Plays and poems of William Shakespeare (Google eBook)

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Page 475 - No, faith, not a jot; but to follow him thither •with modesty enough, and likelihood to lead it : As thus ; Alexander died, Alexander was buried, Alexander returneth to dust; the dust is earth; of earth we make loam : And why of that loam, whereto he was converted, might they not stop a beer-barrel...
Page 335 - Speak the speech, I pray you, as I pronounced it to you, trippingly on the tongue ; but if you mouth it, as many of your players do ', I had as lief the town-crier spoke my lines.
Page 206 - God ! a beast, that wants discourse of reason, Would have mourn'd longer — married with my uncle, My father's brother, but no more like my father Than I to Hercules...
Page 315 - A damn'd defeat was made. Am I a coward? Who calls me villain? breaks my pate across? Plucks off my beard and blows it in my face? Tweaks me by the nose? gives me the lie i' the throat, As deep as to the lungs?
Page 421 - Makes mouths at the invisible event, Exposing what is mortal and unsure To all that fortune, death and danger dare, Even for an egg-shell.
Page 506 - Hamlet wrong'd Laertes ? Never Hamlet : If Hamlet from himself be ta'en away, And when he's not himself does wrong Laertes, Then Hamlet does it not ; Hamlet denies it. Who does it then ? His madness. If't be so, Hamlet is of the faction that is wrong'd ; His madness is poor Hamlet's enemy.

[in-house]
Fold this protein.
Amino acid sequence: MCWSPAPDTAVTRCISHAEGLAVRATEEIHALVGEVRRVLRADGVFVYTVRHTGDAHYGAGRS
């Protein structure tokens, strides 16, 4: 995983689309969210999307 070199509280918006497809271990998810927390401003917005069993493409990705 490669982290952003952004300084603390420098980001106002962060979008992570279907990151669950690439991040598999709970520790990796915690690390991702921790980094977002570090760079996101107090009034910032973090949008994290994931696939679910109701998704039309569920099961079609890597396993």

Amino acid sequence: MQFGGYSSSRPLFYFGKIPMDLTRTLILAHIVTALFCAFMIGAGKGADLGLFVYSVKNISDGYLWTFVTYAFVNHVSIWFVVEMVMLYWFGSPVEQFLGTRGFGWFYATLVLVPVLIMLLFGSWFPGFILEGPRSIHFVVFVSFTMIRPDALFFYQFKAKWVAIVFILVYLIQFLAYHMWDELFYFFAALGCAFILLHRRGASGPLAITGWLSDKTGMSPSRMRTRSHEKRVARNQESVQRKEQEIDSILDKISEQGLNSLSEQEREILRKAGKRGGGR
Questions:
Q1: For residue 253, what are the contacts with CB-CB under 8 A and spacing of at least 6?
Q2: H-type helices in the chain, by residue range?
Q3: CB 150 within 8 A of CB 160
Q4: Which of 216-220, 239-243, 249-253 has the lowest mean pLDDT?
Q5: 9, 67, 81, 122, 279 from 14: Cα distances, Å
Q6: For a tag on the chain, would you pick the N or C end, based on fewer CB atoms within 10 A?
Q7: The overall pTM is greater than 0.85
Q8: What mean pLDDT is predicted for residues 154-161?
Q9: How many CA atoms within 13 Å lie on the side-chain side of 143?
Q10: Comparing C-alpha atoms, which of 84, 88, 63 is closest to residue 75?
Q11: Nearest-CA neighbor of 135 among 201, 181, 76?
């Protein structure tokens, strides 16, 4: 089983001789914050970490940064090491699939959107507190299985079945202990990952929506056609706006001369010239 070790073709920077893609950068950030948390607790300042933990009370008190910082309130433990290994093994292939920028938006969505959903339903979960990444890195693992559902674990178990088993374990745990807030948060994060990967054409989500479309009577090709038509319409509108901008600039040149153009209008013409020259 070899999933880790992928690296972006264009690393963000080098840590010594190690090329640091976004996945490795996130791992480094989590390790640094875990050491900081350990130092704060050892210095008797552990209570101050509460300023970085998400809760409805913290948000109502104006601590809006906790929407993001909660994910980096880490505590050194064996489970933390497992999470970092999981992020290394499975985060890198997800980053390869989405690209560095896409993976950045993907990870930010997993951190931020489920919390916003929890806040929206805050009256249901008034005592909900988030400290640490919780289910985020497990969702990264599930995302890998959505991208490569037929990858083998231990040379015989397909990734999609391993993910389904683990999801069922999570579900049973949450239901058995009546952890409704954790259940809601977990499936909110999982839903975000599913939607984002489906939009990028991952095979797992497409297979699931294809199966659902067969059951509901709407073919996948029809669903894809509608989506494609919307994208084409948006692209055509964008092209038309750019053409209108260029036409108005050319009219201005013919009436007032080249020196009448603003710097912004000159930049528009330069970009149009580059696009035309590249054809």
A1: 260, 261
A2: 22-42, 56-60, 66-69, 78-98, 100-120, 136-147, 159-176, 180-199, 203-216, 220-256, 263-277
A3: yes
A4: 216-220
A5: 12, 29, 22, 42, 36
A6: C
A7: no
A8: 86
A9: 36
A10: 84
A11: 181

Page 372 - Why, look you now, how unworthy a thing you make of me. You would play upon me; you would seem to know my stops; you would pluck out the heart of my mystery; you would sound me from my lowest note to the top of my compass; and there is much music, excellent voice, in this little organ, yet cannot you make it speak. 'Sblood, do you think I am easier to be played on than a pipe? Call me what instrument you will, though you can fret me, you cannot play upon me.
Page 235 - What may this mean, That thou, dead corse, again in complete steel, Revisit'st thus the glimpses of the moon, Making night hideous, and we fools of nature So horridly to shake our disposition With thoughts beyond the reaches of our souls?
Page 284 - tis none to you ; for there is nothing either good or bad, but thinking makes it so : to me it is a prison.
Page 420 - What is a man, If his chief good and market of his time Be but to sleep and feed? a beast, no more. Sure he that made us with such large discourse, Looking before and after, gave us not That capability and god-like reason To fust in us unus'd.